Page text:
The data generated for SFX-01 in standard preclinical models and orthotopic models (where glioma cells are implanted in brain tissue representing a more disease-relevant model) show tumour shrinkage and significantly extended survival times. SFX-01 was also found to potentiate (i.e. substantially increase) the therapeutic effect of radiotherapy in these models.

The therapeutic options for glioma are limited to surgery, radiotherapy and the one drug widely available, temozolomide. There is a clear unmet need for more treatments for use in conjunction with the current standard of care.

The US Food and Drug Administration (”FDA”) has granted an Orphan Drug Designation (“OD”) for the use of SFX-01 to treat malignant glioma.  This is usually granted when there are fewer than 200,000 patients with a given disease in the United States and there is a scientific rationale for potential use of the product in that condition. As well as recognising the relative rareness of a disease, OD confers intellectual property cover to an investigational drug in the form of data protection at the time of approval of a new drug application, which is additional to any patent cover in force.  Tax credits are also possible on eventual US sales of an approved orphan drug.

Haematological Malignancies

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Preclinical data has demonstrated that SFX-01 is effective in in vitro models of certain blood cancers including Juvenile Myelomonocytic Leukaemia (JMML) and Acute Myelomonocytic Leukaemia (AML).

JMML is a rare form of blood cancer that predominantly affects young children.  JMML is an aggressive and difficult to treat disease and currently the only effective treatment for most patients is allogeneic hematopoietic stem cell transplantation (HSCT).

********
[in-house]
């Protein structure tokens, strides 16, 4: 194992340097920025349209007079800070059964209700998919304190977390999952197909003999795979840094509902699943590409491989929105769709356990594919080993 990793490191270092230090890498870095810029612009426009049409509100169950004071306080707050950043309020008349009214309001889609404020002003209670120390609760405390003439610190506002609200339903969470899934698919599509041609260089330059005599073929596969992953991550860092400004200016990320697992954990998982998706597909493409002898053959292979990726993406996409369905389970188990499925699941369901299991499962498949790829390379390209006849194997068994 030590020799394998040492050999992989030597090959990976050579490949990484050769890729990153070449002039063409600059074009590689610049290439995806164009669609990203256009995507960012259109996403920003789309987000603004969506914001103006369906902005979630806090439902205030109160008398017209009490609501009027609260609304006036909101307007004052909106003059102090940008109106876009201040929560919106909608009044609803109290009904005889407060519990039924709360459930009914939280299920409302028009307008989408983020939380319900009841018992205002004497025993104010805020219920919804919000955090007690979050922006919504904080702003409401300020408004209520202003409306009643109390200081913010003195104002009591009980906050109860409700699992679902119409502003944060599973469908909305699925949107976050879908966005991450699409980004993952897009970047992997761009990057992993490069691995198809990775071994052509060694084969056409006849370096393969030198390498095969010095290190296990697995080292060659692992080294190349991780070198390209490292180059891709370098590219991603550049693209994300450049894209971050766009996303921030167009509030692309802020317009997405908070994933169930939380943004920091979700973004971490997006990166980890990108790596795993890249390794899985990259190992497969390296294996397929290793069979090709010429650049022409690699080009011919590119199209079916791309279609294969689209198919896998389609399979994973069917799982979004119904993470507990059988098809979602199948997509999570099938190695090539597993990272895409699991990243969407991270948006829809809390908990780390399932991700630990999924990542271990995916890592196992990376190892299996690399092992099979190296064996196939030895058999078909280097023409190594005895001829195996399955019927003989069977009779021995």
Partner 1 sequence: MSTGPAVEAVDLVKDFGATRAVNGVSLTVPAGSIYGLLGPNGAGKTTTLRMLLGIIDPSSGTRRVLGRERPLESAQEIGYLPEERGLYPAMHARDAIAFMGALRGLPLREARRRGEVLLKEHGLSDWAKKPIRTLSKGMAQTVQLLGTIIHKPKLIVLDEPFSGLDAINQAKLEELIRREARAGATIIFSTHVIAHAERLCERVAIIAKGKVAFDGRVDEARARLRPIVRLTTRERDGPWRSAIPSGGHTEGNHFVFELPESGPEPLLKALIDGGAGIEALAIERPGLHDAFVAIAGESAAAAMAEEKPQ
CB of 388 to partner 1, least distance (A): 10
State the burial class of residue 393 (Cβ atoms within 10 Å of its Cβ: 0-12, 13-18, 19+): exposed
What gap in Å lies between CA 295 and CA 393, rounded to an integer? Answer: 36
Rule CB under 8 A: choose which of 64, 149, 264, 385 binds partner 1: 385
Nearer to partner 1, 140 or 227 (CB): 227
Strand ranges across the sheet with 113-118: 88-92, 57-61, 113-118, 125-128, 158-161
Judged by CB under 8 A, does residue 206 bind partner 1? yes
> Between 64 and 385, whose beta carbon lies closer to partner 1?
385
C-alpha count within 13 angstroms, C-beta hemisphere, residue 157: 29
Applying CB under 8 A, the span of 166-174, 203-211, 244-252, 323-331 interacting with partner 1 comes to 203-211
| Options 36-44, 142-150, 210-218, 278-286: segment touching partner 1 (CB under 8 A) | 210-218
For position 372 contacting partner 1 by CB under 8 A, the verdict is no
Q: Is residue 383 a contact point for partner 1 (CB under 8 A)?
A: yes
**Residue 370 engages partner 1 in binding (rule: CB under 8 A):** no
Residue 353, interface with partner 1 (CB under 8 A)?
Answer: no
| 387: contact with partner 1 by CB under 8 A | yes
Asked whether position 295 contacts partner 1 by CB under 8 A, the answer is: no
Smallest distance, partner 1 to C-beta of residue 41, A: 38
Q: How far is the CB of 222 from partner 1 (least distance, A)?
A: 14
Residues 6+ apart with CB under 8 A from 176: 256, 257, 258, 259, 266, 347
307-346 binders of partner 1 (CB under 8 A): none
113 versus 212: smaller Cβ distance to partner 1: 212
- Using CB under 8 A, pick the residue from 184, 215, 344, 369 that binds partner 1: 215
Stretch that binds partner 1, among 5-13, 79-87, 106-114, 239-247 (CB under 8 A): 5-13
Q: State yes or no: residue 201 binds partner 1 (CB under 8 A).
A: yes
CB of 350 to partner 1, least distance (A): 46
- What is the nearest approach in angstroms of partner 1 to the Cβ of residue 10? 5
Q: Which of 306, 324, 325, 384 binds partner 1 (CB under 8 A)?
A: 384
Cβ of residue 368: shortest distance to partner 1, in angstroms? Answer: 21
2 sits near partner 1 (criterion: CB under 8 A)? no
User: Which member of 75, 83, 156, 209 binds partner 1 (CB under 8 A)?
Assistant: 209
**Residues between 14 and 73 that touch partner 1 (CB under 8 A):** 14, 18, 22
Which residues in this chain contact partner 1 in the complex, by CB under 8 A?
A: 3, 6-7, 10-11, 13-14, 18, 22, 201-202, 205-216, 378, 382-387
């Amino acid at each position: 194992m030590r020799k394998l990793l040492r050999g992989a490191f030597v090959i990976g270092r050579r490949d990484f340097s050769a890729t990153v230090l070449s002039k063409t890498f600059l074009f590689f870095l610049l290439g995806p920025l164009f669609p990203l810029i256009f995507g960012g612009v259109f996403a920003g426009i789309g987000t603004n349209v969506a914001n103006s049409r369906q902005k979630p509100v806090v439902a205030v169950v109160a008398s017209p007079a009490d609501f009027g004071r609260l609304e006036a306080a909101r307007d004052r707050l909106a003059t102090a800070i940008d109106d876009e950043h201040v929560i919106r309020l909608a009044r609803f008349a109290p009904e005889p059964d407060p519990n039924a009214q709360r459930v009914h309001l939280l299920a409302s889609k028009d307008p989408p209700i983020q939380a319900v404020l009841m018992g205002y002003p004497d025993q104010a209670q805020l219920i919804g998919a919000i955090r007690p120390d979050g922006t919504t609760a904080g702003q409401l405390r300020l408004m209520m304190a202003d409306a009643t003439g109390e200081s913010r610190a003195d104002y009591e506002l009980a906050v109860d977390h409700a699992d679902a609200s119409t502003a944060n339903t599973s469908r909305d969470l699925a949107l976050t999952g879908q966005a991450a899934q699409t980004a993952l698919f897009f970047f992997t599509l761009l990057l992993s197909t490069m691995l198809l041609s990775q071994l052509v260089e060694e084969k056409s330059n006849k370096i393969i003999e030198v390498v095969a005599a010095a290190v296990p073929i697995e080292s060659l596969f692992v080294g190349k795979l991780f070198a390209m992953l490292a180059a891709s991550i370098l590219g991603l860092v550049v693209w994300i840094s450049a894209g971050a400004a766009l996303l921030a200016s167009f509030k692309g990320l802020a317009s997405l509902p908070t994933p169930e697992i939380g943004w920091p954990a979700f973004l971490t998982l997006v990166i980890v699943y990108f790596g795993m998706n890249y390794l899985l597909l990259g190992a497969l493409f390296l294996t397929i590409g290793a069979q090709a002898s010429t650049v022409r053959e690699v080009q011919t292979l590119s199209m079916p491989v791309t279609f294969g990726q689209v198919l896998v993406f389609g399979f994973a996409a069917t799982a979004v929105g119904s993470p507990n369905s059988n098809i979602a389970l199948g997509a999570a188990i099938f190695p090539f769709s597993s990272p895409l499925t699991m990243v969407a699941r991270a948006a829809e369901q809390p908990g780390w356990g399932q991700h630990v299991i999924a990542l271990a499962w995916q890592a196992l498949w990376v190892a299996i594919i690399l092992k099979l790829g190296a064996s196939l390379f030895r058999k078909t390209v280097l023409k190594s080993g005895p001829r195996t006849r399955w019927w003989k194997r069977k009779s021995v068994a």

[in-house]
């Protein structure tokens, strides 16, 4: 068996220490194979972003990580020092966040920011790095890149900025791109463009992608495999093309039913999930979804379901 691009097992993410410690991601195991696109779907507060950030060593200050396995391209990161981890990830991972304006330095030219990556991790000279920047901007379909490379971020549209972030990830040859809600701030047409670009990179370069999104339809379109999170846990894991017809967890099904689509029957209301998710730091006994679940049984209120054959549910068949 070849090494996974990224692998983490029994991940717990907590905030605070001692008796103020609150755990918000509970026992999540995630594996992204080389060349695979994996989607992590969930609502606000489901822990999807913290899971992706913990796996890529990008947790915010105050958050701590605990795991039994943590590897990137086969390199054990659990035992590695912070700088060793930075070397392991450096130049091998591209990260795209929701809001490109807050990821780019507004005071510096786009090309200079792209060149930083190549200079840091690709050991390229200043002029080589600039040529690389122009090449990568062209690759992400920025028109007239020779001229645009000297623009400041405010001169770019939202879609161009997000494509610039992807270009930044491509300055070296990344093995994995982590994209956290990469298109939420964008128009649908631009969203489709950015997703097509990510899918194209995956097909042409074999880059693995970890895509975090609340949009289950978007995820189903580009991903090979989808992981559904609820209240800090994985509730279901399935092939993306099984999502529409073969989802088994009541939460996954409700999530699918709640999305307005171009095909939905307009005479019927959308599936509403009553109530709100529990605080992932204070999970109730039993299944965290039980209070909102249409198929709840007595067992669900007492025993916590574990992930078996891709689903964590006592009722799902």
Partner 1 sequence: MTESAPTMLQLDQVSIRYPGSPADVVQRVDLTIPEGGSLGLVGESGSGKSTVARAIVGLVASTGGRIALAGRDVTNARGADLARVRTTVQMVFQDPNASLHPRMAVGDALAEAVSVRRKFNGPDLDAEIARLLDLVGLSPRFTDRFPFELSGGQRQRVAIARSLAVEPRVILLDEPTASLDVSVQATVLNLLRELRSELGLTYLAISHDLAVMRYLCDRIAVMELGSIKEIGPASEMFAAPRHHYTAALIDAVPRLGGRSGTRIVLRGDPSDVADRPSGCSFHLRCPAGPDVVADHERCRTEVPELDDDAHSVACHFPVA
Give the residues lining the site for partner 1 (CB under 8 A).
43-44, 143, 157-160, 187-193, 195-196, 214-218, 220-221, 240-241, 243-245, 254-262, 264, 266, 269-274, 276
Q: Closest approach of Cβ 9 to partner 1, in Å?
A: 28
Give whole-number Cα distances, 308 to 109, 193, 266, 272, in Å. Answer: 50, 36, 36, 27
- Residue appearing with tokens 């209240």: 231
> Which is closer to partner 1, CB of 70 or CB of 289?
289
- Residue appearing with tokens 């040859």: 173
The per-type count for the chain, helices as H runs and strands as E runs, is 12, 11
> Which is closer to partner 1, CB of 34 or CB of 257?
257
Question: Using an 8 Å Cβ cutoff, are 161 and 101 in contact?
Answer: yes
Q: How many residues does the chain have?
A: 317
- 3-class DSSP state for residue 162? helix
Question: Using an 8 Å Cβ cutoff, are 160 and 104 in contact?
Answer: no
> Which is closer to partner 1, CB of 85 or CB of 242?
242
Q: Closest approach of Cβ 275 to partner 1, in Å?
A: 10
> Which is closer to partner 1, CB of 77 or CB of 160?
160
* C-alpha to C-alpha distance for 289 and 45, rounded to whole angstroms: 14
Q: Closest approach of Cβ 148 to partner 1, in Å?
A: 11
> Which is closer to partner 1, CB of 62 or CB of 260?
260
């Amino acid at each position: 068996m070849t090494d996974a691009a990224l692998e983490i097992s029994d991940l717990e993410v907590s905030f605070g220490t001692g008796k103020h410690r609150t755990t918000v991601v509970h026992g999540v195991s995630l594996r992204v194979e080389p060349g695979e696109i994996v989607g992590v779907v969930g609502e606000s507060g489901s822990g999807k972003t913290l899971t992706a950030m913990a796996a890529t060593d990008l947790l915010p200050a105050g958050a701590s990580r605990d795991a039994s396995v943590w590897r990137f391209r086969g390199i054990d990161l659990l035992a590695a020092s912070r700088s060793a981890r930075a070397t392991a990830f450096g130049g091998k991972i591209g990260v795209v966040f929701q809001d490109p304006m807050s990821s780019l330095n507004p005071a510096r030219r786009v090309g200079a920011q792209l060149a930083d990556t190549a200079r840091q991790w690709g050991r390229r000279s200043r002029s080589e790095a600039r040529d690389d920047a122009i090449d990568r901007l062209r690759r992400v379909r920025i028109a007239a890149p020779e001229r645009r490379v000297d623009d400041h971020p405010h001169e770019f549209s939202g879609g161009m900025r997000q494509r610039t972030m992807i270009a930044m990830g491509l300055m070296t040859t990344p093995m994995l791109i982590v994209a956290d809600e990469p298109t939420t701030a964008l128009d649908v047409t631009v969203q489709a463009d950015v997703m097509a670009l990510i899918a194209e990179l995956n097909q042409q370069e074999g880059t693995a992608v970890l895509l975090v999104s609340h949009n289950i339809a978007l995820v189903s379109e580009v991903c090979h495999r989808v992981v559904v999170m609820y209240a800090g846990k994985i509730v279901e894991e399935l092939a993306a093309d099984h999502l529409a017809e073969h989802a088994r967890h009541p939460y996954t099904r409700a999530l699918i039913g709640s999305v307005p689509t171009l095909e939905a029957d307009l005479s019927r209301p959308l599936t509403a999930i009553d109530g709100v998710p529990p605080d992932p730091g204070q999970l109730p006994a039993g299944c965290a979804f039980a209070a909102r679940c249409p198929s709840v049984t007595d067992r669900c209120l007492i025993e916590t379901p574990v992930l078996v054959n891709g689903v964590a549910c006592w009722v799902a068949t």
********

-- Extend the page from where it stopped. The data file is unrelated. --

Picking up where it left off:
In a study at the MRC Weatherall Institute, University of Oxford, the effect of SFX-01 on cells from tissue donated by patients with JMML through the UK Paediatric MDS/JMML programme was investigated. These patients carry a specific mutation of the PTPN11 gene. The data demonstrated significant reduction of cell proliferation and increased apoptosis (cell death) of JMML stem cells in the presence of SFX-01, compared to normal controls. The study also showed that SFX-01 significantly impacted cell proliferation and increased cytotoxicity in GDM-1 cells, an AML cell line.

Whilst this preliminary data is from a small sample size, the effect is statistically significant in reducing cell proliferation and increasing apoptosis.

The PTPN11 gene codes for the SHP2 protein and earlier in-vitro and in-vivo data demonstrated that SFX-01 modifies SHP2. Mutations of the PTPN11 gene are among the commonest molecular defects described in JMML patients, indicating that SFX-01 should be investigated further as a potential disease modifying agent in PTPN11-mutated haematological malignancies.

A preclinical and clinical strategy for a development programme of SFX-01 in blood cancers such as JMML and AML is being assessed.

Analogues

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SFX Series: Evgen Pharma holds the exclusive worldwide rights to a range of novel sulforaphane analogues developed by the medicinal chemistry group at the University of Seville in Spain. These compounds are in preclinical investigation.

Licensing & Partnerships


Licensing Strategy
Evgen is open to out-licensing and collaboration discussions on all of its programmes and is seeking to expand its pipeline through in-licensing or partnerships.

Please contact us for more information.

Existing Partnerships
Evgen has licensed Sulforadex®, its sulforaphane stabilisation technology, in a number of non-pharmaceutical applications to Juvenescence Ltd.

Juvenescence will deploy the Sulforadex® stabilisation technology to manufacture and market a nutritional health product containing a defined and stable dose of naturally derived sulforaphane. Launch is expected within the next two years.

www.juvlabs.com